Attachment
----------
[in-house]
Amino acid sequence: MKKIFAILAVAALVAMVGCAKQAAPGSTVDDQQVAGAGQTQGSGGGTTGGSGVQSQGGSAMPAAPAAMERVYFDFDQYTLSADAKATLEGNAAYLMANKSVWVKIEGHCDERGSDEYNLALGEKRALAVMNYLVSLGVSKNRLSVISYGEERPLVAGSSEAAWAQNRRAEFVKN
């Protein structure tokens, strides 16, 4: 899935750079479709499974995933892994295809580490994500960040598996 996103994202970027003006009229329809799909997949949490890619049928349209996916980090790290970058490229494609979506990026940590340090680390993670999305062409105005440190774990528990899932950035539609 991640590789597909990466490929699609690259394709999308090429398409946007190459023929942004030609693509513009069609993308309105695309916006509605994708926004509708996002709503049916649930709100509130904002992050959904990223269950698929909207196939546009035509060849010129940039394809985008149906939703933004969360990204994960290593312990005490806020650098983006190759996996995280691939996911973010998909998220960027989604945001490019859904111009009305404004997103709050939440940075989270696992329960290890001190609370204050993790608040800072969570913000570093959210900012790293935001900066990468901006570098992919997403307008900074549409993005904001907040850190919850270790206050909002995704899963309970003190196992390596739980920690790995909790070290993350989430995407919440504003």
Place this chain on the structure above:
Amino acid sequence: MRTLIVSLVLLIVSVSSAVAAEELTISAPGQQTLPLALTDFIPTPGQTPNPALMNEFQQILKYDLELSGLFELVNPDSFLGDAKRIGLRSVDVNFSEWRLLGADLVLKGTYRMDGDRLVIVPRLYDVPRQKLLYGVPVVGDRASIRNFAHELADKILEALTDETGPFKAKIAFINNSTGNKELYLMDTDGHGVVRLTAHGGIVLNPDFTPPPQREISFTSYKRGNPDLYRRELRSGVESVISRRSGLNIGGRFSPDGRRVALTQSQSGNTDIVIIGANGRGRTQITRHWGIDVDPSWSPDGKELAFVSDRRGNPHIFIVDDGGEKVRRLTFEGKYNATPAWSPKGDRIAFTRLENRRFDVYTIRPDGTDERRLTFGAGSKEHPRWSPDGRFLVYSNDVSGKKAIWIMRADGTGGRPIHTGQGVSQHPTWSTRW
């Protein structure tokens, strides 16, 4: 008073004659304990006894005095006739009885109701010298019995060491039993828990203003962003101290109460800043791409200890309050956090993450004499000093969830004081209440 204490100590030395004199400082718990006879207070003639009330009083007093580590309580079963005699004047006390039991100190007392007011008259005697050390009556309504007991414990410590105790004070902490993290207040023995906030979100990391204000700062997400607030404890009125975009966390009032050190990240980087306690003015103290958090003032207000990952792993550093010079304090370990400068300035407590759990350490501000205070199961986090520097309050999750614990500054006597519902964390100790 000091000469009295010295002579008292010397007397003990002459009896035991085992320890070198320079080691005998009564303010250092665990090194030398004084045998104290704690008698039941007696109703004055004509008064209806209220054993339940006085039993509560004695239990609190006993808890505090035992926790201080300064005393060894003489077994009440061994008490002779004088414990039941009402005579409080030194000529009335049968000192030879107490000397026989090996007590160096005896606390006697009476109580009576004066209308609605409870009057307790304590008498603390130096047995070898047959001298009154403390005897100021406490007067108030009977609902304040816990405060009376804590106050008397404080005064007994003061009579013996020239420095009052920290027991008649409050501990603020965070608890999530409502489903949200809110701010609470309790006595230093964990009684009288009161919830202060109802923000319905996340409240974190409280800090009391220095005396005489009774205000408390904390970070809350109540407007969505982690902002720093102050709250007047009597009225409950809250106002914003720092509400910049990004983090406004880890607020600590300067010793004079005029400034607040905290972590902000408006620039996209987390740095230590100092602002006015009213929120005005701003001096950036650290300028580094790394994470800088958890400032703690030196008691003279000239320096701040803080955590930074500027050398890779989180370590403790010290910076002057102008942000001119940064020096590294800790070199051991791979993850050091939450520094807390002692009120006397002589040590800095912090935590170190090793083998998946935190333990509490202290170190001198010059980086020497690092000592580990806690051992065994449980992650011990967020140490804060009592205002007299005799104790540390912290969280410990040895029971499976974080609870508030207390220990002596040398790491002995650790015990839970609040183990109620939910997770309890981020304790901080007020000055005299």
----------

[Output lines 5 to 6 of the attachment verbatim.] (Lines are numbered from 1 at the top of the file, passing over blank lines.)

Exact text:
Amino acid sequence: MRTLIVSLVLLIVSVSSAVAAEELTISAPGQQTLPLALTDFIPTPGQTPNPALMNEFQQILKYDLELSGLFELVNPDSFLGDAKRIGLRSVDVNFSEWRLLGADLVLKGTYRMDGDRLVIVPRLYDVPRQKLLYGVPVVGDRASIRNFAHELADKILEALTDETGPFKAKIAFINNSTGNKELYLMDTDGHGVVRLTAHGGIVLNPDFTPPPQREISFTSYKRGNPDLYRRELRSGVESVISRRSGLNIGGRFSPDGRRVALTQSQSGNTDIVIIGANGRGRTQITRHWGIDVDPSWSPDGKELAFVSDRRGNPHIFIVDDGGEKVRRLTFEGKYNATPAWSPKGDRIAFTRLENRRFDVYTIRPDGTDERRLTFGAGSKEHPRWSPDGRFLVYSNDVSGKKAIWIMRADGTGGRPIHTGQGVSQHPTWSTRW
């Protein structure tokens, strides 16, 4: 008073004659304990006894005095006739009885109701010298019995060491039993828990203003962003101290109460800043791409200890309050956090993450004499000093969830004081209440 204490100590030395004199400082718990006879207070003639009330009083007093580590309580079963005699004047006390039991100190007392007011008259005697050390009556309504007991414990410590105790004070902490993290207040023995906030979100990391204000700062997400607030404890009125975009966390009032050190990240980087306690003015103290958090003032207000990952792993550093010079304090370990400068300035407590759990350490501000205070199961986090520097309050999750614990500054006597519902964390100790 000091000469009295010295002579008292010397007397003990002459009896035991085992320890070198320079080691005998009564303010250092665990090194030398004084045998104290704690008698039941007696109703004055004509008064209806209220054993339940006085039993509560004695239990609190006993808890505090035992926790201080300064005393060894003489077994009440061994008490002779004088414990039941009402005579409080030194000529009335049968000192030879107490000397026989090996007590160096005896606390006697009476109580009576004066209308609605409870009057307790304590008498603390130096047995070898047959001298009154403390005897100021406490007067108030009977609902304040816990405060009376804590106050008397404080005064007994003061009579013996020239420095009052920290027991008649409050501990603020965070608890999530409502489903949200809110701010609470309790006595230093964990009684009288009161919830202060109802923000319905996340409240974190409280800090009391220095005396005489009774205000408390904390970070809350109540407007969505982690902002720093102050709250007047009597009225409950809250106002914003720092509400910049990004983090406004880890607020600590300067010793004079005029400034607040905290972590902000408006620039996209987390740095230590100092602002006015009213929120005005701003001096950036650290300028580094790394994470800088958890400032703690030196008691003279000239320096701040803080955590930074500027050398890779989180370590403790010290910076002057102008942000001119940064020096590294800790070199051991791979993850050091939450520094807390002692009120006397002589040590800095912090935590170190090793083998998946935190333990509490202290170190001198010059980086020497690092000592580990806690051992065994449980992650011990967020140490804060009592205002007299005799104790540390912290969280410990040895029971499976974080609870508030207390220990002596040398790491002995650790015990839970609040183990109620939910997770309890981020304790901080007020000055005299």